Settle down, Keith, if you would please sir.

    I don't think anyone suggested that there have been no advances, just that in the more mundane policy decisions there's always a further advantage to whites.
    Rattling the teacups.

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    Default Re: Critical race theory

    Thus, the racial hierarchy that characterizes American society may be unaffected or even reinforced by ostensible improvements in the legal status of oppressed or exploited people.
    there’s a fair bit written about just this. Really, might want to read some history.

    at this point the main problem of, and for, Critical Race Theory, is the knee jerk reflexive negation of any part of it by the privileged. It’s an excuse to object to any and everything, a term as misused as Marxism, a reason to shutoff and stifle debate, an excuse not to reflect.

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    Default Re: Critical race theory

    Read what the words actually say. It's 99% hogwash, the fashionable claim that progress is impossible and that there has been none. There's a very long way to go before reaching utopia, obviously, but this sort of bullsh!t does not help.
    "For a successful technology, reality must take precedence over public relations,
    for nature cannot be fooled."

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    Default Re: Critical race theory

    Quote Originally Posted by Keith Wilson View Post
    As little patience as I have with Georgia Republicans, this sentence is one of the biggest piles of steaming maggot-infested horsesh!t I've seen for quite a while, although there may be a little truth mixed in somewhere. Yeah, right, the abolition of slavery and the entire civil rights movement did no good at all, only 'served the interests of dominant white groups'.
    "tend to serve"

    now tie that knee down.. 0-:

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    I used to think the good fight was anti-racist vs racist. All this stuff makes it sound like it's Black vs White, sic, in caps. About as helpful as "defund the police" - which I BTW support, but would never base a public campaign upon.

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    Default Re: Critical race theory

    Quote Originally Posted by Durnik View Post
    "tend to serve"

    now tie that knee down.. 0-:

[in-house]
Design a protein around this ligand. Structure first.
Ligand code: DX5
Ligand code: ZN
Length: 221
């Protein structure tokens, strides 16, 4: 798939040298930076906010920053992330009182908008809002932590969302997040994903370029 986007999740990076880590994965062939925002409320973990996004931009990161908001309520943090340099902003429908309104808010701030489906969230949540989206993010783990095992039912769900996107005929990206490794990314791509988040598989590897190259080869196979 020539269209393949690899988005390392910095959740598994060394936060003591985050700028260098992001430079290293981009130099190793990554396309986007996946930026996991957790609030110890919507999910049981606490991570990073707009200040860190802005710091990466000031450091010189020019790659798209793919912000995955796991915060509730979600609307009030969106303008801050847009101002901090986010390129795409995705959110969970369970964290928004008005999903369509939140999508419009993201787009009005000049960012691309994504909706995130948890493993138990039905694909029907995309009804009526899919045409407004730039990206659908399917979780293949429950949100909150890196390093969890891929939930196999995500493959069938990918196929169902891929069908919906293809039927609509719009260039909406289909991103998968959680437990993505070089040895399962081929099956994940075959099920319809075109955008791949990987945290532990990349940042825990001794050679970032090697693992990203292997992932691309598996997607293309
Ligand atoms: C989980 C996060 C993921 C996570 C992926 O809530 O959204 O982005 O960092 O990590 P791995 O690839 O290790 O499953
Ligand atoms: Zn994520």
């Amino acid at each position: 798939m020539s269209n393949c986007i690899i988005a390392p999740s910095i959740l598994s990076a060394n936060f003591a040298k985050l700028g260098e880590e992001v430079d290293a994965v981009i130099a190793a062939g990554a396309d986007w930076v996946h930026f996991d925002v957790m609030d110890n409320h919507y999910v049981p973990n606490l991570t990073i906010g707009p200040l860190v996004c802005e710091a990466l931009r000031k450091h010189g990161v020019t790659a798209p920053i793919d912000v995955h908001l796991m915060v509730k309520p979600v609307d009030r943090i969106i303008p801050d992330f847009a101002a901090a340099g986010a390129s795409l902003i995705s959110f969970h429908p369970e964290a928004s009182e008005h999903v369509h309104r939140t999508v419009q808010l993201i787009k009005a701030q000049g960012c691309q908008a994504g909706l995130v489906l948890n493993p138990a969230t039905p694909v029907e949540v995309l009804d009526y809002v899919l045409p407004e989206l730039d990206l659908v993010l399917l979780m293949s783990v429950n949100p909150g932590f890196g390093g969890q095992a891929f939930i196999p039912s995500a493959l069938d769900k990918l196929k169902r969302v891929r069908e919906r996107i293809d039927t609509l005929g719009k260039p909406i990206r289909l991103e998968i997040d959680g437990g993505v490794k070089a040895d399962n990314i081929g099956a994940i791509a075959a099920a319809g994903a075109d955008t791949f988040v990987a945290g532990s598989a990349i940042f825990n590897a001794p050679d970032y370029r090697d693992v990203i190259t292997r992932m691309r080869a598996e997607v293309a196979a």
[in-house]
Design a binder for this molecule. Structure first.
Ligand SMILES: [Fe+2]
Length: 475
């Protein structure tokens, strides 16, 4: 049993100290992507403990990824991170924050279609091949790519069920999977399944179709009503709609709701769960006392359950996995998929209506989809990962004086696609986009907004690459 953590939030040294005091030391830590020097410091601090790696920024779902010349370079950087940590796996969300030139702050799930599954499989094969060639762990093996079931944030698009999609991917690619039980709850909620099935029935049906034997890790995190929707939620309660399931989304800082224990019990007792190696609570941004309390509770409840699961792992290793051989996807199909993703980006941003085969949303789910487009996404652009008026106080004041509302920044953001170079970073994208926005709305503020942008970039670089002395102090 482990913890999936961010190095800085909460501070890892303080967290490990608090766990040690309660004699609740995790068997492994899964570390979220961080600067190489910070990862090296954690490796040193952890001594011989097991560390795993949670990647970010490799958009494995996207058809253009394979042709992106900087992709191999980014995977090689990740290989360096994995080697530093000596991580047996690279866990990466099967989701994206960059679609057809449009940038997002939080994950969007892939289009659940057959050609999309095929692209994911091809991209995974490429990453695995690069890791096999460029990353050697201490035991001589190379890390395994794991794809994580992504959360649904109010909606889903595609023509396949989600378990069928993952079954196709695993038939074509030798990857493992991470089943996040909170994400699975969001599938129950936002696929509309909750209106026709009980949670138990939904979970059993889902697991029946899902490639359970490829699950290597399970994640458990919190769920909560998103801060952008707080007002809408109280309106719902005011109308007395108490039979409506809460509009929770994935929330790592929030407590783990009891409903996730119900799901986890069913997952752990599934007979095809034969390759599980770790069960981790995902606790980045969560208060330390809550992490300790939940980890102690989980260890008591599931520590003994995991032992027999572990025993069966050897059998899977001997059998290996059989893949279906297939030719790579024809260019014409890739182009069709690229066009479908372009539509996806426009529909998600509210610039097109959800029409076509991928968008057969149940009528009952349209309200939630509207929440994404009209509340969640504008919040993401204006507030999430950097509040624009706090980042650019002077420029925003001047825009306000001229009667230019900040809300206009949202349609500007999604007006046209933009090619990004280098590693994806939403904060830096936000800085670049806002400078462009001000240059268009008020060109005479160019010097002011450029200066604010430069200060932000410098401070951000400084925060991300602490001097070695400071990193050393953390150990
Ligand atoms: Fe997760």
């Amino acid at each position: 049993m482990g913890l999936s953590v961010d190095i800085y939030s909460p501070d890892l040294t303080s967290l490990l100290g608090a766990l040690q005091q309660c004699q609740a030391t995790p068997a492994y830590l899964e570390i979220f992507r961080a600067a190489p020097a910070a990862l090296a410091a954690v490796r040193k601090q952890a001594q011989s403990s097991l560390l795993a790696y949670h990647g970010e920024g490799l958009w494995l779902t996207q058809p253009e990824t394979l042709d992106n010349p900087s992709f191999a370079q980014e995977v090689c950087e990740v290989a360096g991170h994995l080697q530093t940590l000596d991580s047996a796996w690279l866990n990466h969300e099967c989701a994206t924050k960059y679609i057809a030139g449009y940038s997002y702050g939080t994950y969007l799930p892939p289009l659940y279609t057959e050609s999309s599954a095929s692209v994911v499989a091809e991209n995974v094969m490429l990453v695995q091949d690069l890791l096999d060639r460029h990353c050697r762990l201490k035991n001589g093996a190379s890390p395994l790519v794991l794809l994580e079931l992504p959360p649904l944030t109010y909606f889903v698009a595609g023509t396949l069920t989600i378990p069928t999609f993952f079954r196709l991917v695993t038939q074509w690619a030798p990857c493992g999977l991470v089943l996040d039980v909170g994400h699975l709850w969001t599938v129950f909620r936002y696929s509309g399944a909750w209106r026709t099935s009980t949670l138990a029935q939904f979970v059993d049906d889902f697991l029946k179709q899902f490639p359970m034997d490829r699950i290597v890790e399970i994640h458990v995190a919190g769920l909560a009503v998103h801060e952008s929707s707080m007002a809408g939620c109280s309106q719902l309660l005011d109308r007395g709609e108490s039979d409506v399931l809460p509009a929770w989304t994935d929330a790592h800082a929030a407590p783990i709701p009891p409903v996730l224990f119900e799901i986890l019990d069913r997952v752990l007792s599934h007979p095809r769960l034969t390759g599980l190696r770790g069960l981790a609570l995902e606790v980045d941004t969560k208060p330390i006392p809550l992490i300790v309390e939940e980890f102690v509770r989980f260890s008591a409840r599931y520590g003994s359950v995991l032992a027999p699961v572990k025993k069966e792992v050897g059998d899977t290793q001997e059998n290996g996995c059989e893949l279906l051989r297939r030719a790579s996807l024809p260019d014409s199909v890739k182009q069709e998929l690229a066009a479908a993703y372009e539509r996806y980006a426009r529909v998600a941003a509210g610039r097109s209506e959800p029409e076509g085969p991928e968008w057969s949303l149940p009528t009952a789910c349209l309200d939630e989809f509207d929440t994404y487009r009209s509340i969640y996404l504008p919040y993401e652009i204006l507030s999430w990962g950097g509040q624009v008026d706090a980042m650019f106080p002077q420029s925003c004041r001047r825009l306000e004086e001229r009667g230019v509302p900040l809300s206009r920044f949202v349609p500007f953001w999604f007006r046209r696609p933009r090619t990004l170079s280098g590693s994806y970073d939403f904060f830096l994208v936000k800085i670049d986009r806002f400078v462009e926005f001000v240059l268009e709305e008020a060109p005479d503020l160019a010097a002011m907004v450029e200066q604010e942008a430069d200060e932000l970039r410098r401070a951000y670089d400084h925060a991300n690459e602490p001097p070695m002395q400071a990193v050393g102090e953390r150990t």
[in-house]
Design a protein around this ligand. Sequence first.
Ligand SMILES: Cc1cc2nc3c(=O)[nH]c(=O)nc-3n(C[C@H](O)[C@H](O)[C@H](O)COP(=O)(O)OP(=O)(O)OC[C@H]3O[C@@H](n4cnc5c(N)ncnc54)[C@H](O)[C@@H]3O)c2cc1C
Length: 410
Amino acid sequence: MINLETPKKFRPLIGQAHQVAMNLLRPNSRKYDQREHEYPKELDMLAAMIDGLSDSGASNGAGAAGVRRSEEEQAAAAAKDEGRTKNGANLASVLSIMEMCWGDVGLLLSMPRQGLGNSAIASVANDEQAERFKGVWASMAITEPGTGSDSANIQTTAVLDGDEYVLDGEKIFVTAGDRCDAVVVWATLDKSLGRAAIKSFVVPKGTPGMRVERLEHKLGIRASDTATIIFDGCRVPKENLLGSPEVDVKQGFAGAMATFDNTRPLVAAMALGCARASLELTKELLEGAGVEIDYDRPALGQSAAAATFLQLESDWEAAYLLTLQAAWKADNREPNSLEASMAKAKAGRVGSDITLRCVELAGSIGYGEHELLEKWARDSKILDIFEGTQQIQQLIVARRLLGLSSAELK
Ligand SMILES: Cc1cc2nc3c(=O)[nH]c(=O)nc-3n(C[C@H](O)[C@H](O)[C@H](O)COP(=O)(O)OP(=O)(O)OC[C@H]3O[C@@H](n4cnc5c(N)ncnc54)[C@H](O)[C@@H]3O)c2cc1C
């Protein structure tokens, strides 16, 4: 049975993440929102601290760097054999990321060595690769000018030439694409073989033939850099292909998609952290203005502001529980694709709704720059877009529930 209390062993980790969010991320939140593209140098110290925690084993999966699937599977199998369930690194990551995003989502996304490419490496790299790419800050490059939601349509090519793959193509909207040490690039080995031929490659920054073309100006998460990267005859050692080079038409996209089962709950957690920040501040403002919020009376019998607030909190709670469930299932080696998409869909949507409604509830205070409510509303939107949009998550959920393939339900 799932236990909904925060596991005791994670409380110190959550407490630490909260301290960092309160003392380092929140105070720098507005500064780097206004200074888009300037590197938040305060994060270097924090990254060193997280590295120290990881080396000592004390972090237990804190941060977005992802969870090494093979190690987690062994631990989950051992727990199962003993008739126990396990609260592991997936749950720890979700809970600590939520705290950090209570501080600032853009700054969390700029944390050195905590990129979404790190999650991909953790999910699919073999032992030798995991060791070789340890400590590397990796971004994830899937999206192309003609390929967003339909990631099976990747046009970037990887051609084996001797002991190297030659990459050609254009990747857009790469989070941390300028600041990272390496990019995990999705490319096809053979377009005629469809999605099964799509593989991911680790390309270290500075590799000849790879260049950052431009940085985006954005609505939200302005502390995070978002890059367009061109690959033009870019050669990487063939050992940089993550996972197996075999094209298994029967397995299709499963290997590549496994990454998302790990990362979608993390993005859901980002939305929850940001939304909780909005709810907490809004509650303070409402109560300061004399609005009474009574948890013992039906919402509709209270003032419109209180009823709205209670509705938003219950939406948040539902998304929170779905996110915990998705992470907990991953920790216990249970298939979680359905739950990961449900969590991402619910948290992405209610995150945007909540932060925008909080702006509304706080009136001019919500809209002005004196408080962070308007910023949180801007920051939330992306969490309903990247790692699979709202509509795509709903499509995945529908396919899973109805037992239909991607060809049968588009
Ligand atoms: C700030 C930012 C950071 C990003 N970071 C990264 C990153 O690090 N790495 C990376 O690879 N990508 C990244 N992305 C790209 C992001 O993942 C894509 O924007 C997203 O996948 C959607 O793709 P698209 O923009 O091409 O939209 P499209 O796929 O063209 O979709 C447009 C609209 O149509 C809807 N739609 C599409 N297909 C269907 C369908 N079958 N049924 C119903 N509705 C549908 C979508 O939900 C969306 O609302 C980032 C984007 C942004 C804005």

Thanks for that--a crucial distinction.

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    Default Re: Critical race theory

    Quote Originally Posted by Hugh Conway View Post
    there’s a fair bit written about just this. Really, might want to read some history.

    at this point the main problem of, and for, Critical Race Theory, is the knee jerk reflexive negation of any part of it by the privileged. It’s an excuse to object to any and everything, a term as misused as Marxism, a reason to shutoff and stifle debate, an excuse not to reflect.
    You describe your own behavior perfectly.

    Any dissent from your raving twaddle is instantly demonized and excluded from what quickly becomes a self-immolation masquerading as a rational discussion.
    Rattling the teacups.

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    Default Re: Critical race theory

    A bunch of old farts rambling about glory days, pretending they read, giving each other rub and tugs.

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    See what I mean?
    Rattling the teacups.

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    Default Re: Critical race theory

    (3) Owing to what critical race theorists call “interest convergence” or “material determinism,” legal advances (or setbacks) for people of colour tend to serve the interests of dominant white groups.
    The premise is that the interests are in irreconcilable conflict. Dialectical, zero sum. The legacy of the Marxist origin.

    Thus, the racial hierarchy that characterizes American society may be unaffected or even reinforced by ostensible improvements in the legal status of oppressed or exploited people.
    Or it may not be. Something to be proven, not assumed.

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    Forbidding teaching about CRT is as dumb -- perhaps dumber -- than forbidding teaching about Marxism.

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    Quote Originally Posted by Osborne Russell View Post
    The premise is that the interests are in irreconcilable conflict. Dialectical, zero sum. The legacy of the Marxist origin.
    If I had needed more to convince me that you have little real comprehension of what critical race theory is, this would do it. You're quite wrong.

    The premise is, rather, that the dominant white culture thinks that the interests are in irreconcilable conflict, creating a zero sum game--but that, in fact, they are not. And that a large part of the work is raising awareness of that fact.